Made up to look like one of the rats he is so often surrounded by, Schreck’s Nosferatu is almost otherworldly, an alien on this planet out to feed upon its populace more than a suave, romantic vampire as envisioned in most other takes on the source. He has surround him a touch of decay, of ugliness and ungodliness, we don’t sympathize with him or feel any sort of connection to him, rather we realize he is wicked and foul. Schreck plays this creature incredibly well. Of course the makeup helps immensely but he moves with such predatory grace and at the same time such unfamiliar awkwardness that it’s fascinating to watch him. Obviously as this is a silent film he has to communicate as much as he can with body language and he shows amazing skill for this. The rest of the cast all do fine work here, but had this been nothing more than Schreck skulking around shadowy castles followed by a small army of rats it would still be completely captivating.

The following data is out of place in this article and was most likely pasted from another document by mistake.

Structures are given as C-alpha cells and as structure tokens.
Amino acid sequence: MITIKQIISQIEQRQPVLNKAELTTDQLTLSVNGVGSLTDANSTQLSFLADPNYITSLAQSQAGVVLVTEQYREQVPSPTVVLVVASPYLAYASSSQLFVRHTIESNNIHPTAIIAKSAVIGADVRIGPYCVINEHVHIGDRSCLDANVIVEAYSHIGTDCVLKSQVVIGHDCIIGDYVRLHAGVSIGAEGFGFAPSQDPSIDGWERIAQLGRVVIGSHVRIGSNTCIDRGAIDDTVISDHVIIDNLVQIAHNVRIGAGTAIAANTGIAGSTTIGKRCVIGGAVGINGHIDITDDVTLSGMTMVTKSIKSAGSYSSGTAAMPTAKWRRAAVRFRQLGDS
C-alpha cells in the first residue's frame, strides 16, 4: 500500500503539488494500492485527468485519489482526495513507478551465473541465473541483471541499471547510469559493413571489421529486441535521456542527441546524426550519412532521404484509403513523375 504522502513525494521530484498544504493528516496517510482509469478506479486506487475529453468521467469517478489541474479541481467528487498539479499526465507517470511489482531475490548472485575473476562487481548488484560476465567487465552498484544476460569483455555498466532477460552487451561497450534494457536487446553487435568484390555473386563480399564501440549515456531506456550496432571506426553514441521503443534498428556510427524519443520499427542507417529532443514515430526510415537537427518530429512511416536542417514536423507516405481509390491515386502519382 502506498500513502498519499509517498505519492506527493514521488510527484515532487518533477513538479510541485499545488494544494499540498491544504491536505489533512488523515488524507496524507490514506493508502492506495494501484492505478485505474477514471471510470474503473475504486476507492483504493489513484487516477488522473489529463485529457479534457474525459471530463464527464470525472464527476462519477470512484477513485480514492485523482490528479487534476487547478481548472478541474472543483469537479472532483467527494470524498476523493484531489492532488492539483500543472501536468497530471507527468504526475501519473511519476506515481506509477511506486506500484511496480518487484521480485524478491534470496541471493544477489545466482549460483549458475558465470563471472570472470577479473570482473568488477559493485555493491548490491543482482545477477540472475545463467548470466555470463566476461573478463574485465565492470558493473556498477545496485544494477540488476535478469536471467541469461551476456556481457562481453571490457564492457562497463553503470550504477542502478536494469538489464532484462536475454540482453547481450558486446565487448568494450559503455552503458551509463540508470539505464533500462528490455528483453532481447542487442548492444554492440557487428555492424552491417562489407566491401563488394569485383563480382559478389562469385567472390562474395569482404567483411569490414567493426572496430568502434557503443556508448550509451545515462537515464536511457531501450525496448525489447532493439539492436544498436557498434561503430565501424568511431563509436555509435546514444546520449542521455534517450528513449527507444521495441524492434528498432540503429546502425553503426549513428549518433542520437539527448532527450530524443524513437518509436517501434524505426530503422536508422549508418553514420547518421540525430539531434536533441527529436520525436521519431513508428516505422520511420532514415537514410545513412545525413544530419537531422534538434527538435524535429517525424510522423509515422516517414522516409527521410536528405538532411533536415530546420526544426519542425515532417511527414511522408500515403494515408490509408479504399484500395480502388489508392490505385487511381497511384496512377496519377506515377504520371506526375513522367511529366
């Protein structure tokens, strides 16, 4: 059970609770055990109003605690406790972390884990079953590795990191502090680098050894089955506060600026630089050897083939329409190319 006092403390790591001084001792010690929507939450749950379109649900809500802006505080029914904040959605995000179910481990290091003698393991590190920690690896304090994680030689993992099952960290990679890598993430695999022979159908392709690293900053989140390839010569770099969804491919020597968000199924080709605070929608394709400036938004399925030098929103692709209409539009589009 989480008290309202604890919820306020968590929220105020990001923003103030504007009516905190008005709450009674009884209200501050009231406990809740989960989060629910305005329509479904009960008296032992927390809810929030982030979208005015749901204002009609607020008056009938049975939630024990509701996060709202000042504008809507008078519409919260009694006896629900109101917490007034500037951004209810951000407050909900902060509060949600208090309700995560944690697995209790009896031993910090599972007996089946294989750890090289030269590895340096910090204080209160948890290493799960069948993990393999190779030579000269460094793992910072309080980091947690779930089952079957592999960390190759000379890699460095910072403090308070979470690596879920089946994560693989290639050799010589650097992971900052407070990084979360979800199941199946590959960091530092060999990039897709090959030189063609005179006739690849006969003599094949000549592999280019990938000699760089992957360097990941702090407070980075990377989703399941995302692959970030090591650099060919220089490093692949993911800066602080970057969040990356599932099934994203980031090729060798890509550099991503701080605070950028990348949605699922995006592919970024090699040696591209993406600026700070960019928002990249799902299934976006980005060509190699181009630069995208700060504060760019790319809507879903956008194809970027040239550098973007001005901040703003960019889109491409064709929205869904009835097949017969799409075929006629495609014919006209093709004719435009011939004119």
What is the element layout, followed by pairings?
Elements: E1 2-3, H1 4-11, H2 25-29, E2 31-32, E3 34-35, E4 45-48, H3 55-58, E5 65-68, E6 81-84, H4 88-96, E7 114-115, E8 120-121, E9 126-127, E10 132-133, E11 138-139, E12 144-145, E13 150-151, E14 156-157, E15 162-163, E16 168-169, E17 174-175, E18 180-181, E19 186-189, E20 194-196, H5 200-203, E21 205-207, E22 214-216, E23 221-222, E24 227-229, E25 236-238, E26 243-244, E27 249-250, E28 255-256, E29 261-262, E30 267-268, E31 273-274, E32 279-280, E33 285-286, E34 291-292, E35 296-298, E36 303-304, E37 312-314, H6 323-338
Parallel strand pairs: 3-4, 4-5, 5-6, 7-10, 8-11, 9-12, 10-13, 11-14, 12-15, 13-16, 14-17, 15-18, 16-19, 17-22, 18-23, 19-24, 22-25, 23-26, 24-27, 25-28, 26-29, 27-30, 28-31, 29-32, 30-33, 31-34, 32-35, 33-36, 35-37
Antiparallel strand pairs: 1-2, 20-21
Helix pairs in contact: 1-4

A masterpiece of the darkest of expressionist filmmaking, Nosferatu’s ability to not just hold our attention but completely envelope its audience remains remarkable. It’s an important historical achievement not only because it deals so well with such dark subject matter but because it shows incredible technique as well.


    Both versions of the movie (English intertitles on disc one or original German intertitles on disc two) are presented on their own disc in AVC encoded 1080p high definition framed at 1.33.1 fullframe, as it should be. The image quality widely surpasses previous DVD releases in terms of noticeable detail and texture while the enhanced resolution offered by the format does allow the print damage to be a bit more visible. Overall though, this is a very nice upgrade. The framing looks good (though the framing is tighter on the English intertitle version and Nosferatu’s head does get slightly trimmed in the infamous ‘rising from the coffin’ sequence) and the color tinting never saps away any of the detail. Things look considerably more film like here, individual strands of hair are now obvious as are fibers in the costumes worn by the cast. There are no compression artifacts and if any noise reduction has been applied here, it’s not noticeable.